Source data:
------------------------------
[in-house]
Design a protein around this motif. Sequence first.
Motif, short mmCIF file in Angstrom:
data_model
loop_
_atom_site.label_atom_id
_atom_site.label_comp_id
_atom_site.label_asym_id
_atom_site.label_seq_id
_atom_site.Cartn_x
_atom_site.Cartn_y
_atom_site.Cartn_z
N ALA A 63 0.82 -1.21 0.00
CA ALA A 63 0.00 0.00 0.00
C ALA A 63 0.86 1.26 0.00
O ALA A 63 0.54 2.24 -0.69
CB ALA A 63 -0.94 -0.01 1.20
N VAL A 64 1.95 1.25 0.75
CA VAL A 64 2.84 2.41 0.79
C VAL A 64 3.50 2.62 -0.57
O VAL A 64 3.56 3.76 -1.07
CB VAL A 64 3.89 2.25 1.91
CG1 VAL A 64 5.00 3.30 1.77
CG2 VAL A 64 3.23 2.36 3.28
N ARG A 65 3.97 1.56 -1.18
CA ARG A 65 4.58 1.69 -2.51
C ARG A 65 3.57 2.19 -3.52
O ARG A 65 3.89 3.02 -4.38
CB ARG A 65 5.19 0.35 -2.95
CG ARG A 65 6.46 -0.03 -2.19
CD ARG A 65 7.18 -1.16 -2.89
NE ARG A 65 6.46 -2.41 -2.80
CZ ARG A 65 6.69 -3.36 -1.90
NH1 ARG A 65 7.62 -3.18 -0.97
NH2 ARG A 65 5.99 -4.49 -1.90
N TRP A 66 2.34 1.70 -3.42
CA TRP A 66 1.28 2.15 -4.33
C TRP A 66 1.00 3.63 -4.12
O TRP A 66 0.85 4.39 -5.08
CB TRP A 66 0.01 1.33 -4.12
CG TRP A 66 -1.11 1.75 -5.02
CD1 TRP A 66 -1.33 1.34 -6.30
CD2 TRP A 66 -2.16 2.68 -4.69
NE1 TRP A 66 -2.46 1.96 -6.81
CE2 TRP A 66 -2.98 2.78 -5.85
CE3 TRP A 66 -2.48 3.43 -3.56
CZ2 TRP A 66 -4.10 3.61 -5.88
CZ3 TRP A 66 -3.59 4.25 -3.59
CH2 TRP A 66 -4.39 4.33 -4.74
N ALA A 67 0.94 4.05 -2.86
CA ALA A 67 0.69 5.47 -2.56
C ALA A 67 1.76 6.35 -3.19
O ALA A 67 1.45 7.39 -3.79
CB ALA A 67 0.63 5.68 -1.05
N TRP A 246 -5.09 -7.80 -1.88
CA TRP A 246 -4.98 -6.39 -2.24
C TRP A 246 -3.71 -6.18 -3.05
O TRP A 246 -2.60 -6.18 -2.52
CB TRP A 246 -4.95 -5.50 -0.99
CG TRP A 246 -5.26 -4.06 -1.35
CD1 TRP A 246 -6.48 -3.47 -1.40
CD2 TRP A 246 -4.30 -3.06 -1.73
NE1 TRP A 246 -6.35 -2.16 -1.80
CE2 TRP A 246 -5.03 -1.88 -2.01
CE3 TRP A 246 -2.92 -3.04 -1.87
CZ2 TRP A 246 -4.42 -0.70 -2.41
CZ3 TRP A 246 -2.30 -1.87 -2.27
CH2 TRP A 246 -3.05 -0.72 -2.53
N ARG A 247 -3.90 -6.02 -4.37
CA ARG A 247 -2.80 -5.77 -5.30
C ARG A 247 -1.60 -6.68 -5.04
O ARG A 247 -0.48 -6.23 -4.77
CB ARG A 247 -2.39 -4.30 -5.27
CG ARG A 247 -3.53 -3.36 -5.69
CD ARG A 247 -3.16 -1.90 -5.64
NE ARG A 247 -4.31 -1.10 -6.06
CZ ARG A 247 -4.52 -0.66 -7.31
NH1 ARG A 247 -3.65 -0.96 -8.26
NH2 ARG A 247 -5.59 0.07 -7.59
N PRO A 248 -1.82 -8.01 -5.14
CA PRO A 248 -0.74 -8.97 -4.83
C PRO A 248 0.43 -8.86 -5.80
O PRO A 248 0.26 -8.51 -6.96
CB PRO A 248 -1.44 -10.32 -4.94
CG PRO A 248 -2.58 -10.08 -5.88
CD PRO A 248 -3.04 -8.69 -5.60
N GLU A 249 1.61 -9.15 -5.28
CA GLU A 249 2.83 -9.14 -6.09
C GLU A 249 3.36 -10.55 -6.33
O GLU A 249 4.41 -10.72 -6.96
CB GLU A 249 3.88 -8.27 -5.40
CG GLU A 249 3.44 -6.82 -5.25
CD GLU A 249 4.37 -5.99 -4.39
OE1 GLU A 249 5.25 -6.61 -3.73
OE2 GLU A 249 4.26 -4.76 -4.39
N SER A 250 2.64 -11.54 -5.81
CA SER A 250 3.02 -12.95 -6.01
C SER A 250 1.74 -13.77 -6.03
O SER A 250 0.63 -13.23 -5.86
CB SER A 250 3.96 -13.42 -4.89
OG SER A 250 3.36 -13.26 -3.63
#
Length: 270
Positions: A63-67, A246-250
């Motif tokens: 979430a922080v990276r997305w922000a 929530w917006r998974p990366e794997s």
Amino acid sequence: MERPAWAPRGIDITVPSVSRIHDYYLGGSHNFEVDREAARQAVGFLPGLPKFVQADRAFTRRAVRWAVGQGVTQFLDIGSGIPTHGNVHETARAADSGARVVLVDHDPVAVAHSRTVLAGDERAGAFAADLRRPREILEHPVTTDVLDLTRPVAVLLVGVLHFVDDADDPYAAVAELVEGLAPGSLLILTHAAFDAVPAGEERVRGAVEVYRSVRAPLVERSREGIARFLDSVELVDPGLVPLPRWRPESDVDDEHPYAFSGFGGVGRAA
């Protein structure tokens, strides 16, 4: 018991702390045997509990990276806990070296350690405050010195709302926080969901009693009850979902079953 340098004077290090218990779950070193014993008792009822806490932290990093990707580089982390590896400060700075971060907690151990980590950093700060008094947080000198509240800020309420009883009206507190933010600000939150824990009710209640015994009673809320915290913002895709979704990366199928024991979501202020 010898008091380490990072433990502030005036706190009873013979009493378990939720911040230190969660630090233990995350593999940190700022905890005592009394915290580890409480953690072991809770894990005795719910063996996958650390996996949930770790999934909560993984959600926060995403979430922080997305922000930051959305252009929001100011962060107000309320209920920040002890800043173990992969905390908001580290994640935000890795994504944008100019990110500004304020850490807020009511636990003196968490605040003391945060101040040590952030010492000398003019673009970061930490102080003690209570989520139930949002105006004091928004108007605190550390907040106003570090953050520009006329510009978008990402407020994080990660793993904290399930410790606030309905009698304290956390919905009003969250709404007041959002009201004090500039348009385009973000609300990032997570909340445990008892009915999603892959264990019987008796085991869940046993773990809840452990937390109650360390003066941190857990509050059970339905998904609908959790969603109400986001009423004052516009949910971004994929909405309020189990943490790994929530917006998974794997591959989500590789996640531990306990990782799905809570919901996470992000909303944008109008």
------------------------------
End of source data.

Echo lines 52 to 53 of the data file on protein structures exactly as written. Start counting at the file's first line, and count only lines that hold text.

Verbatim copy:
C ALA A 67 1.76 6.35 -3.19
O ALA A 67 1.45 7.39 -3.79